|Author(s):||Hudson, Pat |
|Reviewer(s):||Roberts, Evan |
Published by EH.Net (May 2017)
Pat Hudson and Mina Ishizu, History by Numbers: An Introduction to Quantitative Approaches (second edition). London: Bloomsbury, 2017. xx + 339 pp. $35 (paperback), ISBN: 978-1-84966-537-7.
Reviewed for EH.Net by Evan Roberts, Department of Sociology, University of Minnesota.
For a field on the wane (see the discussion in Historically Speaking in 2010) quantitative history has a good stock of textbooks, but the flow of new entrants is slow. The revised edition of History by Numbers — originally solo-authored by Pat Hudson in 2000 and now co-authored with Mina Ishizu in its 2017 second edition — would make an excellent textbook for an upper division undergraduate history class. Anyone wishing to extend their students and themselves could add Charles Feinstein and Mark Thomas’s Making History Count for a more advanced undergraduate or graduate-level class in quantitative history. Of course, this supposes there is sufficient demand among history students to enroll in such a class, a critical question I return to later in the review.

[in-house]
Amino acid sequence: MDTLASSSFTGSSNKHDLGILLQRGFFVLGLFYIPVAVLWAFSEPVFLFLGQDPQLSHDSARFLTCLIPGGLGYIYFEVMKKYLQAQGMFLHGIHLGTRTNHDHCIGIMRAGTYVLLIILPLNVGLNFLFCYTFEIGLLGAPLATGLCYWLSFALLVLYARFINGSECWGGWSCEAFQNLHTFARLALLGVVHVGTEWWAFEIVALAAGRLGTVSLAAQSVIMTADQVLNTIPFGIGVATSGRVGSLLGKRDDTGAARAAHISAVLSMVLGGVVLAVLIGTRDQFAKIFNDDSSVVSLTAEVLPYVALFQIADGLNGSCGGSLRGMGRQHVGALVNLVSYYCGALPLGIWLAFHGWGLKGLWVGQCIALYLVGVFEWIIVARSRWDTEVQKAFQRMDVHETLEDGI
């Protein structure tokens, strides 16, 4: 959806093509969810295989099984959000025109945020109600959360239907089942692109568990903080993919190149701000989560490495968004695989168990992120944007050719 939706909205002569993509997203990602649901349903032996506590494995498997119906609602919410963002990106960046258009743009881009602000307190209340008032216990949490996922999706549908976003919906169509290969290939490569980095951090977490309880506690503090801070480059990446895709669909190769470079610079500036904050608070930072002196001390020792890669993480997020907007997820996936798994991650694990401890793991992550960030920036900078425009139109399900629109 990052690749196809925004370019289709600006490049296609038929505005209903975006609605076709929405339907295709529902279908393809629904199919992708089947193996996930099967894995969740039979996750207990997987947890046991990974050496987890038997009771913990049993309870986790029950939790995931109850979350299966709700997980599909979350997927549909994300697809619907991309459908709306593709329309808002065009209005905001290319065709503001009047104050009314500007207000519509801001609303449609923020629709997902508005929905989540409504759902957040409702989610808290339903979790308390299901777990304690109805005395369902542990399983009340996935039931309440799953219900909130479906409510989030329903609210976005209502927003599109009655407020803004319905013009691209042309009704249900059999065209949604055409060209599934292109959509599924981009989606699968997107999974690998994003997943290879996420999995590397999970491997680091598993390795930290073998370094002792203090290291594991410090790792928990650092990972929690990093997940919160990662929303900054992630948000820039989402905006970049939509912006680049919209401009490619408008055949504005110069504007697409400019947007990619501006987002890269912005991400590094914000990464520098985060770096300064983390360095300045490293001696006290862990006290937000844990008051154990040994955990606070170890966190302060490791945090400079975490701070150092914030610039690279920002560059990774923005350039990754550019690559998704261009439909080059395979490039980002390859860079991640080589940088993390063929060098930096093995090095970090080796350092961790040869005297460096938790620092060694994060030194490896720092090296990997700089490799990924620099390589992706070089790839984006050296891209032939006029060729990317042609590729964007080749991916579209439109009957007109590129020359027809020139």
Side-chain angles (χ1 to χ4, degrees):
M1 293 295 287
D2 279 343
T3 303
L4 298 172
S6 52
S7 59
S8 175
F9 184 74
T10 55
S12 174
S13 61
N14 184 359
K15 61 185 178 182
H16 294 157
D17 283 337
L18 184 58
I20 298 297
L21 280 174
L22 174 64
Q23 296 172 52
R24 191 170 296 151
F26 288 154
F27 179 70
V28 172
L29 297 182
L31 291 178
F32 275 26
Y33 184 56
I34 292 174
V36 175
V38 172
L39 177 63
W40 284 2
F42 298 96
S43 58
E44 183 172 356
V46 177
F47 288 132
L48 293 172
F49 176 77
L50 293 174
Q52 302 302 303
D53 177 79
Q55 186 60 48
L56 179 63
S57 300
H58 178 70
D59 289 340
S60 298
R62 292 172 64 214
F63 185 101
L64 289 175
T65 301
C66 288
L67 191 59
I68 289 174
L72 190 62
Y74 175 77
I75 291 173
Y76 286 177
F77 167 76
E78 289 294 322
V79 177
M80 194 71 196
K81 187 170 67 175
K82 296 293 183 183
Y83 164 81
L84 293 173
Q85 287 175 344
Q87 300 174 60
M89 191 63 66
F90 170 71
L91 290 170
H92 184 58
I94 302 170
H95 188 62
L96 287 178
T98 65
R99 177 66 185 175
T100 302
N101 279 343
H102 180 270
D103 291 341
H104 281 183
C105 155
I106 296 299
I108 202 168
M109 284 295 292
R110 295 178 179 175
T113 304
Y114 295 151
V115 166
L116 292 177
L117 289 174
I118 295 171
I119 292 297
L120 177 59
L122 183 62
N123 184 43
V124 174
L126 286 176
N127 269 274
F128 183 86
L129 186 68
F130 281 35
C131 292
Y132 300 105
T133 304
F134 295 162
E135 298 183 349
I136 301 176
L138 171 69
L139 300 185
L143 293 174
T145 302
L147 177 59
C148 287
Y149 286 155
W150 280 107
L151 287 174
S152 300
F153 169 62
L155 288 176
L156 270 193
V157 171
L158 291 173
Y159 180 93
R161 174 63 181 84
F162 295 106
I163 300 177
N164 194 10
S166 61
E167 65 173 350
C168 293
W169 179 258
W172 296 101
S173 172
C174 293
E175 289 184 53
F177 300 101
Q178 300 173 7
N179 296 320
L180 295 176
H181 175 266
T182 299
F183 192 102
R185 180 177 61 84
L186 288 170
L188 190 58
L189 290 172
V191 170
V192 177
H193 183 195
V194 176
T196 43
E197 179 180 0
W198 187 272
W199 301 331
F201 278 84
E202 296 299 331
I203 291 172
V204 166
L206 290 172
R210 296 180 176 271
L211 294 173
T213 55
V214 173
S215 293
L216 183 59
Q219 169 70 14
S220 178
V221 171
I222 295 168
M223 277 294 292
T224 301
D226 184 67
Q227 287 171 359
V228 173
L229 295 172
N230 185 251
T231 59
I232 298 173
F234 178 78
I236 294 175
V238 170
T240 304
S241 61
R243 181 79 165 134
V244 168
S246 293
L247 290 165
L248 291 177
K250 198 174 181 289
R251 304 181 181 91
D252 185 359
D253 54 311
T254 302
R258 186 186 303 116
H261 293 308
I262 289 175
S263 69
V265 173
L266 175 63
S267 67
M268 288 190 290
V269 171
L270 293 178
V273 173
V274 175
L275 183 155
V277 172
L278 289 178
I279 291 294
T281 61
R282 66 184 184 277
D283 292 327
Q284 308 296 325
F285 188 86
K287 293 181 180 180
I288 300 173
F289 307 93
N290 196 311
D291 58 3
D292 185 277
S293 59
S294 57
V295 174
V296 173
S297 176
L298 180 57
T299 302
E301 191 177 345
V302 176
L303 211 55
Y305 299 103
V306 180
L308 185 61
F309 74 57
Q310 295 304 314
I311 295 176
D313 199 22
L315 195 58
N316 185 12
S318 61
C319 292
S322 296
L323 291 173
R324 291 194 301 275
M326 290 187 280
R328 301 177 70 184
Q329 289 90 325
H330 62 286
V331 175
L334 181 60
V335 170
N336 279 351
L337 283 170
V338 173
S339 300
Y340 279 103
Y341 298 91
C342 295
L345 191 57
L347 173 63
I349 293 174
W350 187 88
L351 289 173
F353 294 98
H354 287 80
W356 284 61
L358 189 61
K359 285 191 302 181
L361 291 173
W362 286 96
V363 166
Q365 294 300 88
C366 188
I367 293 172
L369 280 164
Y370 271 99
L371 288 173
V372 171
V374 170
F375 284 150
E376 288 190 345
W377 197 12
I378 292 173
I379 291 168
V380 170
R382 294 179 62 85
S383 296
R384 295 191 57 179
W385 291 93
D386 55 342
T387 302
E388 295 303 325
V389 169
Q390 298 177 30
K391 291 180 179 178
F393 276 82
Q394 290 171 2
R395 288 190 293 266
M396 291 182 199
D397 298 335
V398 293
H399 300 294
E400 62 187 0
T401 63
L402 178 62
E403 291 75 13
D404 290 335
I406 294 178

The presumed audience for History by Numbers is history rather than economics students. Chapter 1 situates quantitative history within the discipline of history, while Chapter 2 discusses the nineteenth-century statistical movements in Britain and the epistemology of quantitative reasoning. Economics students would benefit from reading these chapters, yet they fit more squarely within the design of a history course and curriculum. The remainder of the book takes students and their instructors through a standard sequence of data management, exploration and analysis, written with the presumption that students begin with only a memory of high school mathematics. The exploratory data analysis chapters focus on graphical methods, and how to characterize the distribution of a single variable. Examples in all the chapters come from the published literature, but with a hand on the scale for modern British economic and social history. British universities have been more successful than their North American peers in maintaining quantitative work within history departments, so the choice of examples reflects the state of the field.